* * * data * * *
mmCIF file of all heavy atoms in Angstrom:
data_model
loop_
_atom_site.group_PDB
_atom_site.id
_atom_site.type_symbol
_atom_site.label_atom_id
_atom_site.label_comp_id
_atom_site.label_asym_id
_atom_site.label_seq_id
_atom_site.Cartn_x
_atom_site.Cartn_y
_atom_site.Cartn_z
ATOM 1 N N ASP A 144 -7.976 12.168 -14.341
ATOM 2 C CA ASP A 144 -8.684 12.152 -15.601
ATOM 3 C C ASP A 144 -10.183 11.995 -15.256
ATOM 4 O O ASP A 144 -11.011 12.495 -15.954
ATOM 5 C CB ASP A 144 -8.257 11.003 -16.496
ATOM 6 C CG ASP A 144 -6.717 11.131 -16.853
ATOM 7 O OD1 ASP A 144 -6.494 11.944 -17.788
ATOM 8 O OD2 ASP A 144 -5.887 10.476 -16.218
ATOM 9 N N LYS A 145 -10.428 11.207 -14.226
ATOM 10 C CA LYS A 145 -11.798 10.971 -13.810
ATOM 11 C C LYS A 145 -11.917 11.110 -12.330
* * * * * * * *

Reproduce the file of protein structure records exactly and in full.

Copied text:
mmCIF file of all heavy atoms in Angstrom:
data_model
loop_
_atom_site.group_PDB
_atom_site.id
_atom_site.type_symbol
_atom_site.label_atom_id
_atom_site.label_comp_id
_atom_site.label_asym_id
_atom_site.label_seq_id
_atom_site.Cartn_x
_atom_site.Cartn_y
_atom_site.Cartn_z
ATOM 1 N N ASP A 144 -7.976 12.168 -14.341
ATOM 2 C CA ASP A 144 -8.684 12.152 -15.601
ATOM 3 C C ASP A 144 -10.183 11.995 -15.256
ATOM 4 O O ASP A 144 -11.011 12.495 -15.954
ATOM 5 C CB ASP A 144 -8.257 11.003 -16.496
ATOM 6 C CG ASP A 144 -6.717 11.131 -16.853
ATOM 7 O OD1 ASP A 144 -6.494 11.944 -17.788
ATOM 8 O OD2 ASP A 144 -5.887 10.476 -16.218
ATOM 9 N N LYS A 145 -10.428 11.207 -14.226
ATOM 10 C CA LYS A 145 -11.798 10.971 -13.810
ATOM 11 C C LYS A 145 -11.917 11.110 -12.330